Terry Sullivan and the rest of the crew at Nottingham light the pit at sunset.

Lighting the Pit

The Lighting Ceremony

One aspect about working with clay that has drawn me towards the medium is the wonderful sense of community I have felt when working with other clay artists. This feeling and idea of community certainly was presented well by Marc Lancet and the hosts of this workshop at the Nottingham Center for the Arts. The pit lighting ceremony was one specific moment I really felt this great sense of community.

All workshop attendees gathered around the pit as Terry Sullivan and the rest of the crew at Nottingham started to light the pit during sun down. Marc Lancet advised us earlier in the day to think of a quote, poem, or personal statement that addresses a truth, beauty, or art. As the fire begun to spread across the surface of the pit, members started shouting out their quotes, poems, and personal statements. Everything people said seemed to have more significance as the flames grew larger and larger.

 

Soon the shouting stopped and all attention was given towards the massive fire. Peoples feelings were mixed. Some were scared, some were excited, some were mystified and some were paranoid that the fire department would soon be on its way.

As the flames rose from five to ten then fifteen to even twenty feet everybody certainly was getting very hot.

This was the plan though, you need the fire to be well established before putting the corrugated steel or cover on top.

Everyone gets quiet as the flames spread fast throughout the pit.

 

The fire is now well established with flames 10-20 feet high. It's as hot as it looks.

Tips to Get the Fire Established

Certainly the fire pictured on the left is burning well. Here are a couple of hints to get the fire burning well.

  • Use wood pieces that are similar in size and dryness.
  • Light wood with a burning torch of some sort and light the pit in several places evenly throughout the surface of the pit.
  • Use lighter fluid for a quick catching fire. Make sure you add the fluid evenly throughout the pit.
  • Let fire burn for fifteen to twenty minutes before covering, to make sure fire is established.
  •  

    Covering the Pit

    Now that the fire is well established it is time to cover the pit. Covering the pit slows the fire down and creates a good environment for the formation of burning coals. To cover the pit we used sheets of corrugated steel. Other types of materials can be used but for a pit this large corrugated steel works very well.

    Pictured on the left is Marc Lancet and me covering the pit. I am hidden behind the flames holding on the other end of the corrugated steel. We are putting about 10 sheets one by one slightly over lapping each one over the pit. As soon as you get all the sheets placed into position, place cinder blocks on each end of the corrugated steel keeping them firmly placed into position.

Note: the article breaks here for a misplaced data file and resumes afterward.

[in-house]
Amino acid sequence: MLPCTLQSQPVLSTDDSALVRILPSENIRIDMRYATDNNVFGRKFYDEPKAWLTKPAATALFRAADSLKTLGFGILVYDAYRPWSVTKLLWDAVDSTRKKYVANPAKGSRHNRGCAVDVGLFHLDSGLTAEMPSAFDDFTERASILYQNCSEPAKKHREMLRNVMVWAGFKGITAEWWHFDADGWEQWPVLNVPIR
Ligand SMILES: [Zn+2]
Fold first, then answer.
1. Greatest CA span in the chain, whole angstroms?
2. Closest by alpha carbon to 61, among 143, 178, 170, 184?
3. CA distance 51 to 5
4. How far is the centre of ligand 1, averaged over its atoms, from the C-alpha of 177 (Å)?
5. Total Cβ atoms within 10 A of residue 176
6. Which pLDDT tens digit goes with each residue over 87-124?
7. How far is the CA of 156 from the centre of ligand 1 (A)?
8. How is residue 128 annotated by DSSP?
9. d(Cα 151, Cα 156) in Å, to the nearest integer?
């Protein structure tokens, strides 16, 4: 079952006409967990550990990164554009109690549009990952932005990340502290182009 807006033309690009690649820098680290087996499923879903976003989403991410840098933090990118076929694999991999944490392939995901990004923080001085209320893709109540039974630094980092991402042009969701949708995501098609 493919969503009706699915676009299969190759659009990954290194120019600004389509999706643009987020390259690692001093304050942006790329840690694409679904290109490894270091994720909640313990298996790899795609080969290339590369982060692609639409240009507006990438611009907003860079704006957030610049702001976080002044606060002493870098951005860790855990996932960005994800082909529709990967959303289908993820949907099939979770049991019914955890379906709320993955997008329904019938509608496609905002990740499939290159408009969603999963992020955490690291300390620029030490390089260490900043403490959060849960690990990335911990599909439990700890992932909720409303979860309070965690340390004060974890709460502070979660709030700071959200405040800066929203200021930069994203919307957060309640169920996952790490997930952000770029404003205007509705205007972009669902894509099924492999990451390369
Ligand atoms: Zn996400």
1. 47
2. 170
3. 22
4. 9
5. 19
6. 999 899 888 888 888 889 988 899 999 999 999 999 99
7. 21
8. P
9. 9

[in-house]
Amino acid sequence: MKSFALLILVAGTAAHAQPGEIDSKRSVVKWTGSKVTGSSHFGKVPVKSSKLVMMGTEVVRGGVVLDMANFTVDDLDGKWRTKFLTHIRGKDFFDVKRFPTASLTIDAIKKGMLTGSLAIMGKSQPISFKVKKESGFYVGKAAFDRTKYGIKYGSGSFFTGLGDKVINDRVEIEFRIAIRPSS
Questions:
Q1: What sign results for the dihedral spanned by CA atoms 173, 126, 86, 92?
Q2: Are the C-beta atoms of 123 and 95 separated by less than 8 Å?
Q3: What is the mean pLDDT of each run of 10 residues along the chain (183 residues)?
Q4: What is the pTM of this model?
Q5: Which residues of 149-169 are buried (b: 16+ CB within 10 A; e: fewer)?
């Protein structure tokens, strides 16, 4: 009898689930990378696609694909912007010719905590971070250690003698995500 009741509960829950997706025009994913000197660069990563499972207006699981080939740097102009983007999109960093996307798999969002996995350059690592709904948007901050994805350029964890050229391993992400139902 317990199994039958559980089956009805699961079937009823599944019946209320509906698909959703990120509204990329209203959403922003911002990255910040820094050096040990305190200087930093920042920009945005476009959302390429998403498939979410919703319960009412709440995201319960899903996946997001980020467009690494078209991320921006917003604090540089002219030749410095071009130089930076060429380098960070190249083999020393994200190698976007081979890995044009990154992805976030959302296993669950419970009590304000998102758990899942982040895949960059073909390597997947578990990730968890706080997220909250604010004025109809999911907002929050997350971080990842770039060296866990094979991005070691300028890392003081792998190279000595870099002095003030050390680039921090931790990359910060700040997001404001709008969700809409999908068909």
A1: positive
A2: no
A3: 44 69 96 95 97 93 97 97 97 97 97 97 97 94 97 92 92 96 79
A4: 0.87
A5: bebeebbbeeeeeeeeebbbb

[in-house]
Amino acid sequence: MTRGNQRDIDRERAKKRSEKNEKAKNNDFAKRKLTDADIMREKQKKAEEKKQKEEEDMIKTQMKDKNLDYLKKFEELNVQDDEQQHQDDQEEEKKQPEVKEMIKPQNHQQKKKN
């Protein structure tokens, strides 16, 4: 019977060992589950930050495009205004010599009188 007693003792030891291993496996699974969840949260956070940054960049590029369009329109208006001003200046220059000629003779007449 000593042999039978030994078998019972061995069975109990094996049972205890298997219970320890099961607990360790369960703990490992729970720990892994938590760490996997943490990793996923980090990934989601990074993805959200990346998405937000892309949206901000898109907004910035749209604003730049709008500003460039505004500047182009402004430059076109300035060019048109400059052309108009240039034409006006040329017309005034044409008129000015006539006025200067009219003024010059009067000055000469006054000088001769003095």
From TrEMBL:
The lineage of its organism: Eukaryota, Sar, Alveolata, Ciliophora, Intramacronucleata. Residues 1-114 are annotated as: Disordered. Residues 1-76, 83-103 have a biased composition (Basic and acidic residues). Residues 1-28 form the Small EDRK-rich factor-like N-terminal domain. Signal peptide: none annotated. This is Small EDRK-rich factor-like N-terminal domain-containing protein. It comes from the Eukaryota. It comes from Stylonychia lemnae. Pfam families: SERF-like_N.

This is a picture of the pit right after it was covered. Flames bursted out of the sides of the covering like an erupting volcano.

     

     


    This is Marc Lancet and me covering the pit. I am hidden behind the flames holding on to the other side of the corrugated steel.

     

    This is Mark Lancet using a steel rod and cinder block prying the corrugated steel upwards to create a flu.

    Creating a Cross Draft

    Now that the pit is entirely covered you actually want to slightly uncover the ends of the pit to create a cross draft. To do this you need a 6-8 ft. steel rod and cinder block. In the picture on the left Lancet demonstrates this process. He inserts the rod through top space of the cinder block and then under the sheet of corrugated steel. He then pushes downward on the rod thus, levering up the corrugated steel. He then repeats this process on the other side of the pit. Now the pit is completely set-up with a nice cross-draft going through the pit. That is if the length of the pit is somewhat parallel with the direction of the wind. In any case expect the fire to continue burning between 4-12 hours, so relax and enjoy the fire but stay a safe distance away because many of the fumes are toxic.

     
    The fire at this workshop continued to burn throughout the night into the early morning hours. To see the final results of this firing click on Next Page.

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